Rock Star Dreams At Trouble

I’ve worked in the bar and hospitality industry for over a decade. I spend most of my time immersing myself in entertainment trends and new and innovative spirits and cocktail creations and figuring out how to weave those into a genuinely special experience for guests. All this time, I thought I was pretty damn good at throwing a party. That is until this past weekend, when I attended my friend Kelsie Smithson’s 30th birthday bash at the Shelby Park gem and new favorite spot of many, Trouble Bar, and I discovered everything I never knew I always needed. What made this celebration unique was that it wasn’t just any old 30th birthday, where friends gather with cake and libations. Kelsie decided to channel the musical reality series (an idea that originated on “The Tonight Show Starring Jimmy Fallon” and took off from there) and create Louisville’s own Lip Sync Battle. The event was so well executed and had attendees raving, I have a feeling this may be a recurring celebration for many years to come.

For those who haven’t seen the show, a lip sync battle is where contestants (celebrities, on the Paramount show) choose their song, plan a performance likely including costumes and props and lip sync their heart out for the crowd. On the show, two people typically battle one another for the win, but at Kelsie’s party, the idea generated so much interest that there were 30 performances from her family and friends. Attendees were asked to fill out a Google Form prior to the event so that the organizers could be aware of what song performers had chosen, make sure there weren’t duplicates, get information on props needed and song links, etc. We then were linked via email and told what “heat” we’d be performing in and any other information we may need to get ready to air-sing our hearts out.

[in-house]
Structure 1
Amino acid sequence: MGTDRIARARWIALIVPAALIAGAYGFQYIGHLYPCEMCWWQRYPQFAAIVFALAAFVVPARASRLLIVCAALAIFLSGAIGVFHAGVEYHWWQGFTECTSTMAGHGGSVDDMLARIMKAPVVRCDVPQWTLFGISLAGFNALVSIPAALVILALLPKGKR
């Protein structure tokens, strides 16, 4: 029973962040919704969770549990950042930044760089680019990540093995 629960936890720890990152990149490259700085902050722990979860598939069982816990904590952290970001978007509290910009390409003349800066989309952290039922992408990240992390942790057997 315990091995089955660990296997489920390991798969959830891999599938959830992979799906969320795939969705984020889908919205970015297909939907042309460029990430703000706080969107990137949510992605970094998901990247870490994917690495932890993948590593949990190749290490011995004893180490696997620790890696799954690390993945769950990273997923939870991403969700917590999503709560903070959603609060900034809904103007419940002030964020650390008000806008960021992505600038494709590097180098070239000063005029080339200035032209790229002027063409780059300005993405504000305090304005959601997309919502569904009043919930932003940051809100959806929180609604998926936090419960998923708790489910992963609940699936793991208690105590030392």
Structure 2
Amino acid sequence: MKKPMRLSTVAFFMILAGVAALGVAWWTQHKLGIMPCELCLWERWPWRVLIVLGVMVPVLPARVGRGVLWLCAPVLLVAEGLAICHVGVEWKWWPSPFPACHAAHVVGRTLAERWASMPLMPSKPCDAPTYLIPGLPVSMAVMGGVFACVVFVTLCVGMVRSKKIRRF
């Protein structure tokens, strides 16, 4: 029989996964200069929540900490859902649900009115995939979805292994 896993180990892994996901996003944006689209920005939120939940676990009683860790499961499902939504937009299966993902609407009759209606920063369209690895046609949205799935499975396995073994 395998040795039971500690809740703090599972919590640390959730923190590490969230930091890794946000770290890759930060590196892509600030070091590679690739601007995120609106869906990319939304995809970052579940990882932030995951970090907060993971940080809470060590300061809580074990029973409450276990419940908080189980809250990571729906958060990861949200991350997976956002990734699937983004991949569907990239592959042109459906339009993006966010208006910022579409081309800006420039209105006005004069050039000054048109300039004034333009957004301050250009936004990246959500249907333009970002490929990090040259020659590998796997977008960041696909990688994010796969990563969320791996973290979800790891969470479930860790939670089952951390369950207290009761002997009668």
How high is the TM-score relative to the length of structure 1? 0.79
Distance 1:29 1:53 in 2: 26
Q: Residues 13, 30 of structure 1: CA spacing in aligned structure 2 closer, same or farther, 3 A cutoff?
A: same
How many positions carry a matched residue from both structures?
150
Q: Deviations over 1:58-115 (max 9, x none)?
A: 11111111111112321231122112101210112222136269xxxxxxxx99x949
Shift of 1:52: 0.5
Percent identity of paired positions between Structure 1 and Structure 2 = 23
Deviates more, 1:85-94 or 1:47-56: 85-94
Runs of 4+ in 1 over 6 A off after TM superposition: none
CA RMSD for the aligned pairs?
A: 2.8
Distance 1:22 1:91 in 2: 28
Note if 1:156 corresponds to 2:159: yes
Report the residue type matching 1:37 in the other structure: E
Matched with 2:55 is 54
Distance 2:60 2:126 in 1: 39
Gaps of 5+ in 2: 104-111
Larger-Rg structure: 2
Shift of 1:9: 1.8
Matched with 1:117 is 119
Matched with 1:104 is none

Zack Pennington, owner of the soon-to-open NoraeBar, set up sound equipment and DJ HX (who coordinates the Spinsters DJ Union) spun music for performers. There were judges and categories for superlatives — I mean, this was professionally done, y’all, complete with Trouble Bar’s plethora of liquid courage, of course.

Upon arrival, my friend Ashley and I went straight to the bar. Local bourbon queen and Angel’s Envy Whiskey Guardian, Felicia Corbett, was already busy slinging cocktails for us eager to catch a buzz before our performances. “Shots?” Ashley asked, and I quickly obliged with two Frida Kahlo Blanco’s. Trouble carries the Frida Kahlo Blanco tequila for Nicole’s Famous Margarita (poured with lemon and lime juice, PF dry curacao and demerara), which I enjoyed later in the evening, but for now, I was gearing up to live out my secret dream of becoming a trap queen. I was dressed in my best Cardi B ensemble and remained busy repeating various Bodak Yellow lyrics in my head, trying to fight the nerves about my performance with 100%-pure agave. I’ve gushed before about Trouble’s cocktail inspired by fellow LEO columnist Minda Honey, The Storyteller, and I watched as many an attendee carrying a glass of berry colored goodness garnished with a lime wheel through the crowd. We’re going to have some stories to tell, that’s for sure.

Smithson started off the performances with her very own rendition of Lizzo’s, “Cuz I Love You,” which set the tone for the evening and had the crowd morphing into heart-eyed emojis far quicker than we can down a can of The Pinot Project Rose, a favorite of mine on the Trouble Bar wine list. Each act was unique. Some were sexy. Some were hilarious. Some had props pouring out of their pockets. Some executed the ad-lib of the artist so well, you’d think it were Mariah Carey herself. Some moments had the crowd screaming so loud that the uproarious cheers must have reached the walls of Logan Street Market.

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Here’s why we should emulate this event and use it as inspiration for celebrations in the future. It wasn’t simply a party, it was an all out experience. “A couple people have reached out to say they are going to use the idea for their own parties. I can’t wait to see their take on it!” said Smithson.

“We got to express ourselves in a safe space without judgment,” said attendee Jess Amburgey, who performed the song “Closer” by Tegan and Sara. At the risk of becoming a complete and total Trouble Bar fangirl (see my column singing their praises a few weeks back), this isn’t the first time I’ve heard someone describe it as a safe place for community. What better place to surround such a genuine Louisvillian with love on her birthday than at the Rainbow Palace of Whiskey Dreams (or, in my case, on Saturday, tequila)? Said the birthday girl, “Trouble Bar and it’s mystical Troublemakers provided the perfect atmosphere and allowed us to all live out our rock star dreams for a night.”

What will they think of next?

Cheers!

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